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Natural Awakenings Boston

Treat Pets Holistically for Optimum Health

Apr 30, 2012 01:29PM ● By Margo Roman, DVM

Veterinarians trained in healing modalities like acupuncture, homeopathy, chiropractic, herbology and nutrition make the best choices for those seeking optimum care for pets. These modalities can often be used to turn a pet’s health around when traditional and pharmaceutical methods fail. At home, there are many things that pet caregivers can do to jumpstart the process of treating animals holistically.

As seventy percent of the body’s immune system comes from the gut, feeding pets fresh, whole food, balanced nutrition is key to overall health. Reducing the use of processed food and feeding a raw-based diet allows animals to better assimilate the food, and probiotics offer additional species of flora needed to keep the gut in balance. If pets have been on antibiotics or allopathic drugs, it’s especially important to give them probiotics. Many probiotic strains that are good for humans work well on cats and dogs. Smaller pets can take 1/4 the dosage of a human probiotic and larger dogs can have ½ to 3/4 of the dosage.

With cancer rates rising in dogs and cats, it’s wise to limit the use of vaccinations and pesticides until more is known about their long-term consequences. Instead, pet caregivers can use natural solutions for such conditions as flea and tick protection. Certain essential oils, and natural products with B-vitamins and garlic can help in repelling fleas. Ticks are attracted to the energy of the pet and are becoming more and more resistant. Checking pets two times a day during tick season is recommended. Raw amber collars are an option, too, along with energetic field devices like the Tick Clip and Shoo tags.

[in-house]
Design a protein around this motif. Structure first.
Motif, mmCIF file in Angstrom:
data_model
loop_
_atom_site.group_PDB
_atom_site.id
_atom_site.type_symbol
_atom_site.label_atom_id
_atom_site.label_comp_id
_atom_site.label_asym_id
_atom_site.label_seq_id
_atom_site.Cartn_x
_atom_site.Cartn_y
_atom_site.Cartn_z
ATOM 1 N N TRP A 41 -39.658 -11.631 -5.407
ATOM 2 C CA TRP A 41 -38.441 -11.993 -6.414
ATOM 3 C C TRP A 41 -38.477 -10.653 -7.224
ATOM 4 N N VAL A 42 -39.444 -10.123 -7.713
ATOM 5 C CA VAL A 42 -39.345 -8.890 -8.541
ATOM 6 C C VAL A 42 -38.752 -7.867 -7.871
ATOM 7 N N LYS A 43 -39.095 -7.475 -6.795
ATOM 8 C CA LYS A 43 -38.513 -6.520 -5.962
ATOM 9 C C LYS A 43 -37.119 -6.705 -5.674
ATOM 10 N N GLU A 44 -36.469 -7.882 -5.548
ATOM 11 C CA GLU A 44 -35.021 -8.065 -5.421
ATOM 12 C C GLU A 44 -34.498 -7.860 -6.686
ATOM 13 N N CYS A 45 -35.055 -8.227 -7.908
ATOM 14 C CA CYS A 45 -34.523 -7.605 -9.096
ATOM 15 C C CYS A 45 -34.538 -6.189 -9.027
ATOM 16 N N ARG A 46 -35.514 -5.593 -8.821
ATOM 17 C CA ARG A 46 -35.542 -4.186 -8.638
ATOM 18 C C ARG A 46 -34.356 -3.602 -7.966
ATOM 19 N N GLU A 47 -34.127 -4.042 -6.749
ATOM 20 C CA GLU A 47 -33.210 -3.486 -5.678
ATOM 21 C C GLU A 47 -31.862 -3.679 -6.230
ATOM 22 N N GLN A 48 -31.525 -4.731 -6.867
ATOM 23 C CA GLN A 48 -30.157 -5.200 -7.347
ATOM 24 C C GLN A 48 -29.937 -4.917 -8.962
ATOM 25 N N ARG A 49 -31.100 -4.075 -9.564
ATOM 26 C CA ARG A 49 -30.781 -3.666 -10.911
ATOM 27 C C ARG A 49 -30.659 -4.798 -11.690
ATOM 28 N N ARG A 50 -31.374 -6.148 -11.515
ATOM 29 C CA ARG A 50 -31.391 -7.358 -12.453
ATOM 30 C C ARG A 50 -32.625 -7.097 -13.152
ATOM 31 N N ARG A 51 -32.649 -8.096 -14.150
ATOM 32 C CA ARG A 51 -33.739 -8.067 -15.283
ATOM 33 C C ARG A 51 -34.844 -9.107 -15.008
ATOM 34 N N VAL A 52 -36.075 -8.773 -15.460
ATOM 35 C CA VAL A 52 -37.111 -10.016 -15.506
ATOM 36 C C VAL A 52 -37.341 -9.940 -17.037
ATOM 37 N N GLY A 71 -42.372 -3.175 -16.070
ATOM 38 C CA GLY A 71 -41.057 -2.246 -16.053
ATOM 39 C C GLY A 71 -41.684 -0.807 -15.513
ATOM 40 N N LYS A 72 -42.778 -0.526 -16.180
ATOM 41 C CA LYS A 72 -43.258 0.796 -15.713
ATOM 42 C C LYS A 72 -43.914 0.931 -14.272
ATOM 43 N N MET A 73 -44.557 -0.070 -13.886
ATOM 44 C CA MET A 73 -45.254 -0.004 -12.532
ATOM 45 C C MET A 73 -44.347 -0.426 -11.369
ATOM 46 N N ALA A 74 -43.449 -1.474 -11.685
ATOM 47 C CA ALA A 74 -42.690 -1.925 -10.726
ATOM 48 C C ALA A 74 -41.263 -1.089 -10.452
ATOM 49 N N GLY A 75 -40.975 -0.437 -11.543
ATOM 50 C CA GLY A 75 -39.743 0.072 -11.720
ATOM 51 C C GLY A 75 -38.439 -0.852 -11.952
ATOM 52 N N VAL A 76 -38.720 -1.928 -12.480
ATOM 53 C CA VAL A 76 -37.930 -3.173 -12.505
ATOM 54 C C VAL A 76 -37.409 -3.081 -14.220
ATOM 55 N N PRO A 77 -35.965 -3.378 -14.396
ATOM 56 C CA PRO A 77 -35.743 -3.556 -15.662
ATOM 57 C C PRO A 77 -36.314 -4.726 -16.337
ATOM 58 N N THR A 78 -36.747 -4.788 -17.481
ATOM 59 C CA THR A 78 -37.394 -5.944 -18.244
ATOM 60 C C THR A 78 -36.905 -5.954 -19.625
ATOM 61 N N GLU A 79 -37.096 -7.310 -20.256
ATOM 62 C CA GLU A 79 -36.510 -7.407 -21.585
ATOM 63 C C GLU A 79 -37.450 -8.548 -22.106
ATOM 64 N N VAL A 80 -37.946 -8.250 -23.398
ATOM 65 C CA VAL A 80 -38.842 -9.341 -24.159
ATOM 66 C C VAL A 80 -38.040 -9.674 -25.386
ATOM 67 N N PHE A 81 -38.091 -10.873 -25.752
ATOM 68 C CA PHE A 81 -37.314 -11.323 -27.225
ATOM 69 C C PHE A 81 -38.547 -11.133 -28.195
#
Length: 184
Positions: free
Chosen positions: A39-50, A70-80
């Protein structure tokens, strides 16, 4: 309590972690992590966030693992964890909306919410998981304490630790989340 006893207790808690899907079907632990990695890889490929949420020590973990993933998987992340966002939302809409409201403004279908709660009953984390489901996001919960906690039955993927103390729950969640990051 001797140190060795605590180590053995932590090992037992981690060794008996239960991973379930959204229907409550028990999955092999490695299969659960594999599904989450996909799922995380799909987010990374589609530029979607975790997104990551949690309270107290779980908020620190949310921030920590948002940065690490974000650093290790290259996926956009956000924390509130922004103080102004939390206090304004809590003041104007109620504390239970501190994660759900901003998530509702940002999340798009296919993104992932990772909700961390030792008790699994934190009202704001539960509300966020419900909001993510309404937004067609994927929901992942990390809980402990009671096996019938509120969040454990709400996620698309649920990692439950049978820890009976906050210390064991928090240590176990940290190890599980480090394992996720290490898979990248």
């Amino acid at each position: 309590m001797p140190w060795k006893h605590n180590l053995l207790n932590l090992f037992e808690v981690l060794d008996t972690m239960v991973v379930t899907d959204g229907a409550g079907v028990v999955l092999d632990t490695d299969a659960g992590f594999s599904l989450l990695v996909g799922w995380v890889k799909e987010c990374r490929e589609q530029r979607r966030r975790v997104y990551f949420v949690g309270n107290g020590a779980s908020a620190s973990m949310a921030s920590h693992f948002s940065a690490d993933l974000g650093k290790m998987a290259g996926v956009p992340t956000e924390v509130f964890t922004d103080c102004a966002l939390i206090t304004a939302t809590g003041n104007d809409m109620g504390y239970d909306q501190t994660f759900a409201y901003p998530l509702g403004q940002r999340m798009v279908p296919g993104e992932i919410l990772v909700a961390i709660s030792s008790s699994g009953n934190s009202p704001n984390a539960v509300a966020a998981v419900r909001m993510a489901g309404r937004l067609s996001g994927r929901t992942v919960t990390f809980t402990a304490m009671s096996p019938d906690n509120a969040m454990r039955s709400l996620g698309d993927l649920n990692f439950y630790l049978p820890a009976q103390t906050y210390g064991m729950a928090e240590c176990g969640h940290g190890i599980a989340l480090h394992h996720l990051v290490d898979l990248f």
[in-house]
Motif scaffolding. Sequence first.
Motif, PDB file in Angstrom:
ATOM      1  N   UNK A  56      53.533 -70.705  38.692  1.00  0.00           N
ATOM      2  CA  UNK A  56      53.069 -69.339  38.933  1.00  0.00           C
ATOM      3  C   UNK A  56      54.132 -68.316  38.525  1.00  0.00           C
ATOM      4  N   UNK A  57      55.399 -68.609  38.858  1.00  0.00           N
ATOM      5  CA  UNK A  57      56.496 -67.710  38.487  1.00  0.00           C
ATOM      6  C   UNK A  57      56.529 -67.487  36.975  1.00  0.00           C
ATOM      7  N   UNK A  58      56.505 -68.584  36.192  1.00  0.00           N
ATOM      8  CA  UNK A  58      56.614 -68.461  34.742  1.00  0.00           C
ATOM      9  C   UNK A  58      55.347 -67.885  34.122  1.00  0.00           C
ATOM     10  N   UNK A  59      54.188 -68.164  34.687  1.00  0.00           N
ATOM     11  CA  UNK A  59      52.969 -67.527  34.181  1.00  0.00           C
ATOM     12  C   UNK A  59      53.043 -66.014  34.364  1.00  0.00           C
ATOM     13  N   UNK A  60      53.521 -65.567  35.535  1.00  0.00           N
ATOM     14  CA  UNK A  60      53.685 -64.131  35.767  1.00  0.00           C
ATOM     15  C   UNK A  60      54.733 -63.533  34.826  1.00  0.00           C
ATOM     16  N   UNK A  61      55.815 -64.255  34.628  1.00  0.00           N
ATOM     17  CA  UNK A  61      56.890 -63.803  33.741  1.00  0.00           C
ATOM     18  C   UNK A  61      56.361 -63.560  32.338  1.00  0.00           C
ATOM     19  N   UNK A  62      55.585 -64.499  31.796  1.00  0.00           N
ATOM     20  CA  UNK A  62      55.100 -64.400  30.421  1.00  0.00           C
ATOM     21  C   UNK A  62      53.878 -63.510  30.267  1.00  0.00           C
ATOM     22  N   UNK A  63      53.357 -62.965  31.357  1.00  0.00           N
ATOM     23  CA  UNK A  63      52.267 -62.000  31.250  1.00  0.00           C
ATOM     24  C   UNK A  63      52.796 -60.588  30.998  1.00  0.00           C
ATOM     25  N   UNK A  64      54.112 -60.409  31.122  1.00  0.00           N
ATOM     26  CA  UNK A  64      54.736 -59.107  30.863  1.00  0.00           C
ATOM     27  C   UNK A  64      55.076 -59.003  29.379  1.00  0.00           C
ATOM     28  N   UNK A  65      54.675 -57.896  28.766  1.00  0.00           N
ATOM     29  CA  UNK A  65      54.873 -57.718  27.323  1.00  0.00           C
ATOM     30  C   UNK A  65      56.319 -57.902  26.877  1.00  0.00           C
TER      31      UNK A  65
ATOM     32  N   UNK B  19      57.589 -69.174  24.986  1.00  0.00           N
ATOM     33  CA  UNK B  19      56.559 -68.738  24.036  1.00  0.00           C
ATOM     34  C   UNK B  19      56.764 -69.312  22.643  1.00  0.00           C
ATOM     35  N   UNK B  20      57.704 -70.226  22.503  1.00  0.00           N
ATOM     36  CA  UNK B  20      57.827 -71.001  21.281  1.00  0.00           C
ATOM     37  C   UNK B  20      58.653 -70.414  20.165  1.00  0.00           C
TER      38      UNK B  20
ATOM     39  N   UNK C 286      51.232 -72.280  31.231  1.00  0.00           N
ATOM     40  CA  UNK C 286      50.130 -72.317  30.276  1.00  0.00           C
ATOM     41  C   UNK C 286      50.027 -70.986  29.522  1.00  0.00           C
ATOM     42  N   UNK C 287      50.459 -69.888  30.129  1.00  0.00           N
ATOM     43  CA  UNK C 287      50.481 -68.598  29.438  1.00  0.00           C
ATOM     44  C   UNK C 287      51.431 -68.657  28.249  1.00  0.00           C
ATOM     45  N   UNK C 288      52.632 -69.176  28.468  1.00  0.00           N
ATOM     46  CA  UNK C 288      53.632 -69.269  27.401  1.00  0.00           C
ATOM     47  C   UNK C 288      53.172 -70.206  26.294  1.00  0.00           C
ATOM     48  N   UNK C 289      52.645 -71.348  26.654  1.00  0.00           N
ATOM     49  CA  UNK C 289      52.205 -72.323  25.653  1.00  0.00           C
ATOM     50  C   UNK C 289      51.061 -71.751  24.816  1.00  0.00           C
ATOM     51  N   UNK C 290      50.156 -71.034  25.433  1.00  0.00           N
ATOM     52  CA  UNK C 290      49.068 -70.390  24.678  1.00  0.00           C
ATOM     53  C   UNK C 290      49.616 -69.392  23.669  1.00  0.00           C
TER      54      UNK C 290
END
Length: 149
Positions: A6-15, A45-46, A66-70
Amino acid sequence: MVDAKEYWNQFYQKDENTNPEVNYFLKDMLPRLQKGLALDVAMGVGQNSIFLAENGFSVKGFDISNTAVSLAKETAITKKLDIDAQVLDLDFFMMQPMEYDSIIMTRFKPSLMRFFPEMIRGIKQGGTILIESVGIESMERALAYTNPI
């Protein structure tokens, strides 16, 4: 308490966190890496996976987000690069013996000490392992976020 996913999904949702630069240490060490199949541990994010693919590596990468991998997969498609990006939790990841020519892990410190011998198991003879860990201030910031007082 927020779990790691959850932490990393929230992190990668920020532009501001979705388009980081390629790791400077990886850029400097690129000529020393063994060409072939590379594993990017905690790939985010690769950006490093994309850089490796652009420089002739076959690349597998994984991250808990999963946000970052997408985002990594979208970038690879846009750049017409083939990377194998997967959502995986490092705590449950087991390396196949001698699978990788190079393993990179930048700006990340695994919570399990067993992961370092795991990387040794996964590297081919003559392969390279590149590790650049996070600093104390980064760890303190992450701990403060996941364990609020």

Healthier pets tend to have fewer fleas, so supporting their immune systems with additional phytonutrients, omega fatty acids (found in fish, hemp or chia oils), digestive enzymes and antioxidants like vitamins C and E can be helpful. Again, the guidelines for vitamins and supplements are ¼ of the human dosage for small pets and twice that for larger dogs.

The overuse of antibiotics can give dogs and cats diarrhea, which is too often treated with more antibiotics. This establishes yeast overgrowth in the gut, causing the animals to get weaker. A better model to follow comes from watching the behavior of animals in the wild. When an animal kills its prey, the first thing it eats is the intestines and the stool. Thus, feeding green, raw tripe can benefit gastrointestinal issues and overall pet health.

Dr. Margo Roman practices at Main Street Animal Services of Hopkinton. For more information call 508-435-4077 or visit MashVet.com. A list of integrative veterinarians can be found at AHVMA.org.

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